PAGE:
I had an interesting conversation onboard a super-posh Bertram 64 yesterday during the company’s dark n’ stormy party. I was standing in the cockpit chatting with the nattily attired yacht designer about his background and where he wants to take Bertram. Ullberg got his start alongside nautical legend Tom Fexas, and eventually made his way into designing serious fishing boats with a concentration on speed. He was talking so much about beating the other guy back to the docks that I asked if he had a racing background.
Princess has its hands on a proprietary outboard system for tenders which should offer a nice option to owners that are sick of cleaning gunk out of their jet tenders. The system, which seems fairly simple to me, allows the outboard to tip forward, and tuck into the aft portion of a RIB, allowing it to stow more easily on relatively smaller yachts. A Princess rep who gave me a demonstration of the system assured me that it ain’t cheap, but it might just be worth it. Especially when you factor in ease of maintenance.
I have to be honest with you; I’m not overly familiar with Hydra Sports, the Knoxville-based builder of fast, flashy center consoles. But I’ve been really impressed with what I’ve seen from them in the Convention Center.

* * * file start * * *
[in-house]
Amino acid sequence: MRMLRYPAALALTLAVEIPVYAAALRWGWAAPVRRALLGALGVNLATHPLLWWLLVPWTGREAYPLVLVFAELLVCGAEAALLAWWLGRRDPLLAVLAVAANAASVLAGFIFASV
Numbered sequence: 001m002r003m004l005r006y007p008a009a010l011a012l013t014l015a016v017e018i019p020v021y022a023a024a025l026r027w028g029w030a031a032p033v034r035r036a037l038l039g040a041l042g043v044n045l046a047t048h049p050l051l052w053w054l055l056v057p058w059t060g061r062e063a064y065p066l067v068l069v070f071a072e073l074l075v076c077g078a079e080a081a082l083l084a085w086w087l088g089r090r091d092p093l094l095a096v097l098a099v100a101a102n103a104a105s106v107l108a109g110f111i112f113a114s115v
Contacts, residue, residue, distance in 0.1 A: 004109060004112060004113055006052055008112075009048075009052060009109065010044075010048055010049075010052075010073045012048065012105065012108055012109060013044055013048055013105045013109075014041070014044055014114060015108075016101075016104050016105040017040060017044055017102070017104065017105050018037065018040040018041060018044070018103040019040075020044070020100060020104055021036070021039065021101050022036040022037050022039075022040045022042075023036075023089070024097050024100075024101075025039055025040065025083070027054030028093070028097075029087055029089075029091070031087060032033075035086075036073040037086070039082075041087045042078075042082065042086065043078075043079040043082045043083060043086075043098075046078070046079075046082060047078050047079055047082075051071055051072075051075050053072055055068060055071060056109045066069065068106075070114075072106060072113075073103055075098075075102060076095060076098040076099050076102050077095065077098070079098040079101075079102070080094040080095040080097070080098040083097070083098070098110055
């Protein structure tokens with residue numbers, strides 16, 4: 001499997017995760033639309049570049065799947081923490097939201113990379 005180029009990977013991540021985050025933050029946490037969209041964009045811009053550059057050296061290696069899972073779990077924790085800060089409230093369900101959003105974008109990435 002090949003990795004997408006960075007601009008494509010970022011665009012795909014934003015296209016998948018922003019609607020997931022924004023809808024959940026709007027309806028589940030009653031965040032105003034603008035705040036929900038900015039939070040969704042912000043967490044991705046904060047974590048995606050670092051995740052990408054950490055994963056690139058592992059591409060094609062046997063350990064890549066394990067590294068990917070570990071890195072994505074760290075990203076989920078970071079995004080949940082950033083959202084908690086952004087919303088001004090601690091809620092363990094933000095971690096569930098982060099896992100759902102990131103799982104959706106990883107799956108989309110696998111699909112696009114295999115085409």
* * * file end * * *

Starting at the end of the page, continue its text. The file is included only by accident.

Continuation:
A sudden storm, and electronic failure, and the device that saved the day.
I heard this story at ACR Electronics display at the Ft. Lauderdale International Boat Show, celebrating the latest members of ACR SurvivorClub. Yeah, you know what that means.
A bit of a theme I’ve noticed after the first day of the show that I hadn’t seen (or maybe noticed) before, is companies trotting out vintage models of their boats at the docks. Hatteras has the very first Hatteras ever built, Knit Wits, floating outside of their display, and Fairline has one of their first builds, a classic-looking little riverboat, at theirs. It’s cool to see the evolution of the boats as well as the companies’ ties to their past in these vessels. I’ll be sure to keep my eyes peeled for more.
Last night Monte Carlo debuted their all-new MC5 stateside with the help of racecar driver Townsend Bell and a whole lot of champagne. The party was, as expected, populated by all of the beautiful people, as well as a handful of marine journalists. The MC5 is the smallest Monte Carlo yet, with an LOA just under 50 feet. She is the first in a line of smaller Monte Carlos, including her sistership the MC5S (an express version of last night’s boat) and the even smaller MC4.
Written by Ben Ellison on Oct 28, 2013 for Panbo, The Marine Electronics Hub
Big boat shows like the one held in Ft. Lauderdale every year offer a remarkable potential—just when you least expect it, you can find yourself sitting in the saloon of some boat some place with a bunch of people you’ve only read about, or who know way more about boats than you do, or who are well above average in their ability to please and handle an audience.